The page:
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Management of Obesity-Related Inflammatory and Cardiovascular Diseases by Medicinal Plants: From Traditional Uses to Therapeutic Targets

Al-Qasemi Academic College, Baqa Algharbiya 30100, Israel
Department of Biochemistry, Faculty of Medicine, The Arab American University, Jenin P203, Palestine
Biomedicines 2023, 11(8), 2204;
Submission received: 24 May 2023 / Revised: 9 June 2023 / Accepted: 25 July 2023 / Published: 5 August 2023
(This article belongs to the Special Issue Role of Natural Product in Cardiovascular Disease)


Inflammation is a crucial factor in the development and progression of cardiovascular diseases (CVD). Cardiac remodeling in the presence of persistent inflammation leads to myocardial fibrosis and extracellular matrix changes, which reduce cardiac function, induce arrhythmias, and finally, cause heart failure. The majority of current CVD treatment plans concentrate on reducing risk factors such as hyperlipidemia, type 2 diabetes, and hypertension. One such strategy could be inflammation reduction. Numerous in vitro, animal, and clinical studies indicate that obesity is associated with low-grade inflammation. Recent studies have demonstrated the potential of medicinal plants and phytochemicals to cure and prevent obesity and inflammation. In comparison to conventional therapies, the synergistic effects of several phytochemicals boost their bioavailability and impact numerous cellular and molecular targets. Focusing on appetite, pancreatic lipase activity, thermogenesis, lipid metabolism, lipolysis and adipogenesis, apoptosis in adipocytes, and adipocyte life cycle by medicinal plants and phytochemicals represent an important goal in the development of new anti-obesity drugs. We conducted an extensive review of the literature and electronic databases, including Google Scholar, PubMed, Science Direct, and MedlinePlus, for collecting data on the therapeutic effects of medicinal plants/phytochemicals in curing obesity and its related inflammation and CVD diseases, including cellular and molecular mechanisms, cytokines, signal transduction cascades, and clinical trials.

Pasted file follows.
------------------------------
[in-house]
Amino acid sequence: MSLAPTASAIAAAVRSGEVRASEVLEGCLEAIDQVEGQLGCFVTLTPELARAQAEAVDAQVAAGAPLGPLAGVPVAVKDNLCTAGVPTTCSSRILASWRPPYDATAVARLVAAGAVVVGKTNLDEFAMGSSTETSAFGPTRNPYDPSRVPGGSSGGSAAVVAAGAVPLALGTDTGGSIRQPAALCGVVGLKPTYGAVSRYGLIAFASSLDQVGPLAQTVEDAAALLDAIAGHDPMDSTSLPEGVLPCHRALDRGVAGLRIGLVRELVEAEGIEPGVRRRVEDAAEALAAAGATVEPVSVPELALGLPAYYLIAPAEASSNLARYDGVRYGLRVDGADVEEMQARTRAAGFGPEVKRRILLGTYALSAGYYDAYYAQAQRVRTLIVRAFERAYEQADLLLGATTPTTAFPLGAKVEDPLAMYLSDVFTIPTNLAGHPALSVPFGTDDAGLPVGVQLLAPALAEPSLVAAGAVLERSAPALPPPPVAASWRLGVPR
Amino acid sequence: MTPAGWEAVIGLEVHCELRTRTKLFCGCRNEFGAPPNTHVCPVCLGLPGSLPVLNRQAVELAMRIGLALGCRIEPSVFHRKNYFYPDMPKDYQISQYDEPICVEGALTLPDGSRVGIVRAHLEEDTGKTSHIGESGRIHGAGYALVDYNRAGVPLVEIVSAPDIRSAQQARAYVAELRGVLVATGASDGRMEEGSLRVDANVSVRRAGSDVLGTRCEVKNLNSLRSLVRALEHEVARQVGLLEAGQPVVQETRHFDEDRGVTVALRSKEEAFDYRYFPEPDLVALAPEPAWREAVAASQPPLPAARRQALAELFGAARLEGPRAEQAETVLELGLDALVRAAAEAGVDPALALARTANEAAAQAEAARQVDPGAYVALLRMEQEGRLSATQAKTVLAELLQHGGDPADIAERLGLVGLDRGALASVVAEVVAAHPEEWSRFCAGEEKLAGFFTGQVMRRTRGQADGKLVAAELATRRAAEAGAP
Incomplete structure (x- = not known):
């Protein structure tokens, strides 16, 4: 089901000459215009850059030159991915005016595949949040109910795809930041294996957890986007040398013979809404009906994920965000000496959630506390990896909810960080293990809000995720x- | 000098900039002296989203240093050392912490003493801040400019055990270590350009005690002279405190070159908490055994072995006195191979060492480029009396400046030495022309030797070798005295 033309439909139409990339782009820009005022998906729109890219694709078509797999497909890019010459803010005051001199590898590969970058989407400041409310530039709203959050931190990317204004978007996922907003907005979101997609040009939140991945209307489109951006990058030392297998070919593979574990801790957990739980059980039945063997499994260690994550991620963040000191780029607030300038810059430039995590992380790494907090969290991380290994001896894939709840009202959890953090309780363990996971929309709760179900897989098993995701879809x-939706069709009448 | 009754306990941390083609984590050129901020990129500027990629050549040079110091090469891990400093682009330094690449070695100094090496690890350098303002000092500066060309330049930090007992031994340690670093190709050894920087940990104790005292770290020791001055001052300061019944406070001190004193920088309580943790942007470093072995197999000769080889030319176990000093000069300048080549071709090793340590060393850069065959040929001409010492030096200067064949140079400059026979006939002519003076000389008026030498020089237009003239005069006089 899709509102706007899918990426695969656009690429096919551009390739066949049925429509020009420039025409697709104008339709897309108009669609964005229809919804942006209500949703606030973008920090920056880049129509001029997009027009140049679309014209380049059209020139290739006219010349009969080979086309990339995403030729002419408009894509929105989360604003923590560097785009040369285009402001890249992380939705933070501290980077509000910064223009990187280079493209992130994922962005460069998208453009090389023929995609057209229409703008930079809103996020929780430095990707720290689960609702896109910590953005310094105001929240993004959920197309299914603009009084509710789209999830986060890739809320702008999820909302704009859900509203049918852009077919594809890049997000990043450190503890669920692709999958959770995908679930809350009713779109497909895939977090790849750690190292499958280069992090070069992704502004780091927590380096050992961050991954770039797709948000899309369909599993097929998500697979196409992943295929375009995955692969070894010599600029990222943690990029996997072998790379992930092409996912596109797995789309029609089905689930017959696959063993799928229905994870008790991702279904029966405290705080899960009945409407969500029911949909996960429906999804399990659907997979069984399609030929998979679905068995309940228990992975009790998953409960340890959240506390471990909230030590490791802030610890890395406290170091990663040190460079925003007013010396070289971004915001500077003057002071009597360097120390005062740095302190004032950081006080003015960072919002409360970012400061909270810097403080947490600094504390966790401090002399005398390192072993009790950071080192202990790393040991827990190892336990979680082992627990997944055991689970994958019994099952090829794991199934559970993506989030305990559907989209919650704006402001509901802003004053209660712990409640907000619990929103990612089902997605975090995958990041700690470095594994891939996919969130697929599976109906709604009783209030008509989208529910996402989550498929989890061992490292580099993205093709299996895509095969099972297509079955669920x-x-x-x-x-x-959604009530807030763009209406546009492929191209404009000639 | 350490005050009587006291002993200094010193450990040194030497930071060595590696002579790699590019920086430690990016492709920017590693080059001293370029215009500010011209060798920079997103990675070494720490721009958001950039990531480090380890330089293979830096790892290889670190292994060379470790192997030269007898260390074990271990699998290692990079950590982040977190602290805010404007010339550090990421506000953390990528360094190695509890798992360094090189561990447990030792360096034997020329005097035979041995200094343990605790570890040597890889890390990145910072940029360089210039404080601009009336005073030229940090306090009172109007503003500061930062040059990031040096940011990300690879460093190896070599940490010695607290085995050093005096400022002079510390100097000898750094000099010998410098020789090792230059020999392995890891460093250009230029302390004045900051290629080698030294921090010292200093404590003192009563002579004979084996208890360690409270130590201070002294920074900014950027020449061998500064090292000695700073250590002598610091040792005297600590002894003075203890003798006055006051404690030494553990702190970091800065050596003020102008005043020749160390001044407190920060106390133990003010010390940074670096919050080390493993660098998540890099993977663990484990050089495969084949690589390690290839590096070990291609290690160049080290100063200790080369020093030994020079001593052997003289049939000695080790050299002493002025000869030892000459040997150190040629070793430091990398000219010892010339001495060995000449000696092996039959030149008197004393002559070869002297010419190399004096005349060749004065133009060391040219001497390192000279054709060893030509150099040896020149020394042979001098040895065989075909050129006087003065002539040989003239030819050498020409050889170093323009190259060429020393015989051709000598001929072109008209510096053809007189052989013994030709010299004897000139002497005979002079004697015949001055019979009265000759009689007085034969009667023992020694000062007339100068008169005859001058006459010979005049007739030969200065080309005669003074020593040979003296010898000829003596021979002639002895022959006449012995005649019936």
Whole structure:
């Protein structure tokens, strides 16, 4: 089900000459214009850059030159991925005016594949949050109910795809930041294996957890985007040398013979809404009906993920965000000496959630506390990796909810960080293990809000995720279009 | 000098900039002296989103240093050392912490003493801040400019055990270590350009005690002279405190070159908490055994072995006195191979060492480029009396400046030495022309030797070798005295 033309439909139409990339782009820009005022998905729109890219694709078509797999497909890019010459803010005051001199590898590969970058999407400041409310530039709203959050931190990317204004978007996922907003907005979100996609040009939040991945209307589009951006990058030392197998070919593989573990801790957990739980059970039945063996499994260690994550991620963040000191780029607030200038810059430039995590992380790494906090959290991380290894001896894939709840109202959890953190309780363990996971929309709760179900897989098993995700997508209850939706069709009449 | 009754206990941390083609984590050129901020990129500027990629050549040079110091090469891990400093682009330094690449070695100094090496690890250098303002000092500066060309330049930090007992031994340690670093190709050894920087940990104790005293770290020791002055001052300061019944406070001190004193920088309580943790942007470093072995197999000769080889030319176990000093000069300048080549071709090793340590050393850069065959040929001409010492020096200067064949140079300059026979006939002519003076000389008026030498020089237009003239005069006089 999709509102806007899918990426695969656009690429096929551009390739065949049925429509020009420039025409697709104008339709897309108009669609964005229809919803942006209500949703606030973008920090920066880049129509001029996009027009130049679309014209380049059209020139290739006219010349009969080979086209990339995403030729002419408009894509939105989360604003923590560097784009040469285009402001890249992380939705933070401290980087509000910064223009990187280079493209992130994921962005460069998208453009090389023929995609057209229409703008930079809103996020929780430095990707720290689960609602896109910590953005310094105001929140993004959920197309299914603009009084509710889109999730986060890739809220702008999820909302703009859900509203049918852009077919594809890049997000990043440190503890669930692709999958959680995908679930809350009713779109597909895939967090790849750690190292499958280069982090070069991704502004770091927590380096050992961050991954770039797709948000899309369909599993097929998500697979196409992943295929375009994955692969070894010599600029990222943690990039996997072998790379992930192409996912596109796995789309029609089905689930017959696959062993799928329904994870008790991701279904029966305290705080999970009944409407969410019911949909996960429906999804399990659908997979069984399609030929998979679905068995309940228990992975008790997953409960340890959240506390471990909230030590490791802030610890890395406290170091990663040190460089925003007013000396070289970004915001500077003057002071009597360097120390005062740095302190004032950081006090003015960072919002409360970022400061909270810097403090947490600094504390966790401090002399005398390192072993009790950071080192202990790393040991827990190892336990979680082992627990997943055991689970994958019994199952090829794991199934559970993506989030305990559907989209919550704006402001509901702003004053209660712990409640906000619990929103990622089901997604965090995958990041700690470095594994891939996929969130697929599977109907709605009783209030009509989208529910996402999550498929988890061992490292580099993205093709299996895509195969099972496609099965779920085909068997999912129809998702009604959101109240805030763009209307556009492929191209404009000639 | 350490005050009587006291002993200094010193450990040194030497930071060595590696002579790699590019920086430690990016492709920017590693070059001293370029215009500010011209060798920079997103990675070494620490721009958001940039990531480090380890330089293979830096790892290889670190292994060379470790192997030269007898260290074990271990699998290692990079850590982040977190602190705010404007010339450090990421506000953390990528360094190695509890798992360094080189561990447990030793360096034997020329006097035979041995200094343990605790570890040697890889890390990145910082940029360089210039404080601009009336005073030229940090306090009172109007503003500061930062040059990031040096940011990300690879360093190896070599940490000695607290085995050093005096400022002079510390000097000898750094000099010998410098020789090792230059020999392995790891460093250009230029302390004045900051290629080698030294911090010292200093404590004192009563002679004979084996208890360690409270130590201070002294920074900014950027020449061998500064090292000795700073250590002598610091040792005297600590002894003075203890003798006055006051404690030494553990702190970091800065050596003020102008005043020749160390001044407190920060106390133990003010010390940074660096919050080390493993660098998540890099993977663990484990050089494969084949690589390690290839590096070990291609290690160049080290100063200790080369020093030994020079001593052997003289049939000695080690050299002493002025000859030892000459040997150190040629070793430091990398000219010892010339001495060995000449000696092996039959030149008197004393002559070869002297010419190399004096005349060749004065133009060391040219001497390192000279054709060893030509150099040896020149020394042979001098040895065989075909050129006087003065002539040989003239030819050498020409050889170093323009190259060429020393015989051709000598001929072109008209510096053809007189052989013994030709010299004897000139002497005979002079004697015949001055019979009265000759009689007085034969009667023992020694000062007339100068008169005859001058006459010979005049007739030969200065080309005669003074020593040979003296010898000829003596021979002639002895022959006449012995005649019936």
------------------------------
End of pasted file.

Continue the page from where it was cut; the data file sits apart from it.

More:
1. Introduction

Inflammation is a physiological response of the body to injury or infection, representing a universal reaction to various local tissue changes [1,2]. It is characterized by a set of standard vascular changes that result in swelling, followed by the movement of white blood cells to the affected area, forming an inflammatory focus [3]. The primary goal of inflammation is to identify the damaging element, remove it, and then regenerate or repair the affected tissue [4].
Cytokines are important signaling proteins involved in the inflammatory host response to inflammatory stimuli. They are classified as either pro-inflammatory (e.g., tumor necrosis factor-alpha (TNF-α), interleukine (IL)-1 (IL-1), IL-6, IL-15, IL-17, and IL-23), or anti-inflammatory (e.g., transforming growth factor beta(TGFβ), and interferon (IFN), IL-4, IL-10, and IL-13) [5]. Chronic and persistent inflammation, as well as auto-immune response, have been linked to atherosclerosis, myocardial infarction, asthma, diabetes, psoriasis, osteoporosis, angiotensin II-derived hypertension, tumor progression, and cardiovascular disease (CVD) [1,2,6,7]. The latter, the world’s largest cause of morbidity and mortality, includes hypertension, heart diseases, peripheral vascular disease, heart failure, and cardiomyopathies [6,7].